`free` operator

John J Barton johnjbarton at johnjbarton.com
Fri Oct 26 12:34:11 PDT 2012

On Fri, Oct 26, 2012 at 11:58 AM, Isaac Schlueter <i at izs.me> wrote:
> So, yes, you can certainly use debugging tools to find which objects
> are leaking.  But, there are times when you have a program where
> something is leaking, and you read through the code, and see that
> there is no possible way that it could be leaking (but it is, as
> reality sometimes stubbornly refuses to be told what to do.)
> Use-after-free bugs are not great, but they are relatively easy to
> track down.  And, in general, a program that crashes when it does
> something wrong, is handling it exactly right.  Slowly leaking memory
> is much harder to diagnose, and usually much harder to correct.
> Yehuda's "action at a distance" complaint is definitely a valid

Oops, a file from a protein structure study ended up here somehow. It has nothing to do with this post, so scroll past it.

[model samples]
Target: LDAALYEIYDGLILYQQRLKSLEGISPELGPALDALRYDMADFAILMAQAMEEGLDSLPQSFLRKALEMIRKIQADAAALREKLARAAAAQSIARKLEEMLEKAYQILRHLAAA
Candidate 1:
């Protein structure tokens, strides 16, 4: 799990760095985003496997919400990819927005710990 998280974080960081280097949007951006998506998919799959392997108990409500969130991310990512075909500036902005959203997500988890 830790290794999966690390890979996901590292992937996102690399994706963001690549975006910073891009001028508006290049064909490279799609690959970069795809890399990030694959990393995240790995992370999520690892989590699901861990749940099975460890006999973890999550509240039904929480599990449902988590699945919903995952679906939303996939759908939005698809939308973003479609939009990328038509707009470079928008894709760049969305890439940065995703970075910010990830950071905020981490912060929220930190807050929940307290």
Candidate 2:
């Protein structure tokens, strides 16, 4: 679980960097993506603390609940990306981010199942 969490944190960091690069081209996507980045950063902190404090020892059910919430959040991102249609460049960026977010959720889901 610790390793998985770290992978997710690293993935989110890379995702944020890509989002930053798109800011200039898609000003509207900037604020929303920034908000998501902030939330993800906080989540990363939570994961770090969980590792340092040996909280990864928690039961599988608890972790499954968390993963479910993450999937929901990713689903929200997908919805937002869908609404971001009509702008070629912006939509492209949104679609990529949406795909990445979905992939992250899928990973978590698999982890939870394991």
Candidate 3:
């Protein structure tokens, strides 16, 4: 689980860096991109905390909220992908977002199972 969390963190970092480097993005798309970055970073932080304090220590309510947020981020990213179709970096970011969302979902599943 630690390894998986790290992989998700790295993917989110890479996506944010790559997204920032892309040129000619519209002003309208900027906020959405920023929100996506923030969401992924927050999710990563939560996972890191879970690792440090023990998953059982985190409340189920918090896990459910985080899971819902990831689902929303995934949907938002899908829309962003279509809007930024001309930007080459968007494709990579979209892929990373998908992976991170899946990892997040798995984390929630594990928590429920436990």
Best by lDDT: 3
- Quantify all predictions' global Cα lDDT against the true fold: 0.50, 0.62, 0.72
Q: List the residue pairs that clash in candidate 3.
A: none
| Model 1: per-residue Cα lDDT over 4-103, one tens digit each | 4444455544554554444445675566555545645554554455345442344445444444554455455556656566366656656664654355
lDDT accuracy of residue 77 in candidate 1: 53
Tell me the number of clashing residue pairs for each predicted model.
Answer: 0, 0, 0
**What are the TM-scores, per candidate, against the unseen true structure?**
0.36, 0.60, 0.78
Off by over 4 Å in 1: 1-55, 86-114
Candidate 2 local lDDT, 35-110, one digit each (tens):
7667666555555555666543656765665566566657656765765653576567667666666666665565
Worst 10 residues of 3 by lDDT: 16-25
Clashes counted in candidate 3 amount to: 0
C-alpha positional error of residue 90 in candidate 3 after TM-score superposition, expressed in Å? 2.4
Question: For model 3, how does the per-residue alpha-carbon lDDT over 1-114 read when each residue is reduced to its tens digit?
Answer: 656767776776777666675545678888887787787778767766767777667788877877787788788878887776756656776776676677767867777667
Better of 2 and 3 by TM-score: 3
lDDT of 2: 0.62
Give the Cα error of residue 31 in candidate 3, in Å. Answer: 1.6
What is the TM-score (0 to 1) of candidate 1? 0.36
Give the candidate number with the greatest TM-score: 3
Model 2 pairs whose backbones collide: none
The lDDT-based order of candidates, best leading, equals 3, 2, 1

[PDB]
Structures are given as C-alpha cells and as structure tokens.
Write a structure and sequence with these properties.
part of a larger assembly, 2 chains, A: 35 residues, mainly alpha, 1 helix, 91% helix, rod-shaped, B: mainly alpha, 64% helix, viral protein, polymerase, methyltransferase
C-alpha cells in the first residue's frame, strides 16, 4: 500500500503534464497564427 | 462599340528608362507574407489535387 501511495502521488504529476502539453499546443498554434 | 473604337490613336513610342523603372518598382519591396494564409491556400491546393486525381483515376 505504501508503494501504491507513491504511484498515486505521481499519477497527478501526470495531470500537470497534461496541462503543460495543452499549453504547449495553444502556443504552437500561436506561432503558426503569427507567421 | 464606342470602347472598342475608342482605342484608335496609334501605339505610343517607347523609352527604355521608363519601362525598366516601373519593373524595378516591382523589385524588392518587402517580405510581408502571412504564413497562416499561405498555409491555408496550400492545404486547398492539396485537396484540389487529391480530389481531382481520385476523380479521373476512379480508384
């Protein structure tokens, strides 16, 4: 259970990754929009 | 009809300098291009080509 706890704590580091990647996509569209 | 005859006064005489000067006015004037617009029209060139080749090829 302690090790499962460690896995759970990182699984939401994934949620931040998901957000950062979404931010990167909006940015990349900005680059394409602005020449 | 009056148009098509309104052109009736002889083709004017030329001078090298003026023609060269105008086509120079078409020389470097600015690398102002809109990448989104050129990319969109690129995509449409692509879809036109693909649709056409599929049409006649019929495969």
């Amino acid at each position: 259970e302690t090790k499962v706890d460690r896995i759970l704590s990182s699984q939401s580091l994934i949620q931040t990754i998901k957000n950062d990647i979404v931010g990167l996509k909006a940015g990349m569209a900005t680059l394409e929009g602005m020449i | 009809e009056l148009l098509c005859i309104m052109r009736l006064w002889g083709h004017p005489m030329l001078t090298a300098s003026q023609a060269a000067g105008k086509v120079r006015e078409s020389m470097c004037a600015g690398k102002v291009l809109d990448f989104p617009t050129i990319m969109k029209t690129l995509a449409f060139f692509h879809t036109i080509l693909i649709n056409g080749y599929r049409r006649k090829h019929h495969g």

> concern.  However, note that an object can't be freed unless you have
> a reference to the object.  Thus, any code that would set my reference
> to undefined could only do so if it was also capable of mutating the
> object in any other way (adding/removing properties, etc.)
> So, we already have this:
> function () {
> // acquire a ref from some external code
> // no way of knowing what else is sharing this object
> var x = func()
> x.foo = 'bar'
> // other code...
> doAnotherThing()
> // not guaranteed!
> assert(x.foo === 'bar')

FWIW, Querypoint debugging will be able to tell you "where was x.foo changed?".

> }
> Whenever you have a reference to an object that is shared with some
> other code, there's the potential for action at a distance.

Seems like other questions we'd like to answer include "where was the
object refed by 'x' defined?" "Where are other references to that
object taken?" "Where was any property of 'x' written?" These seem


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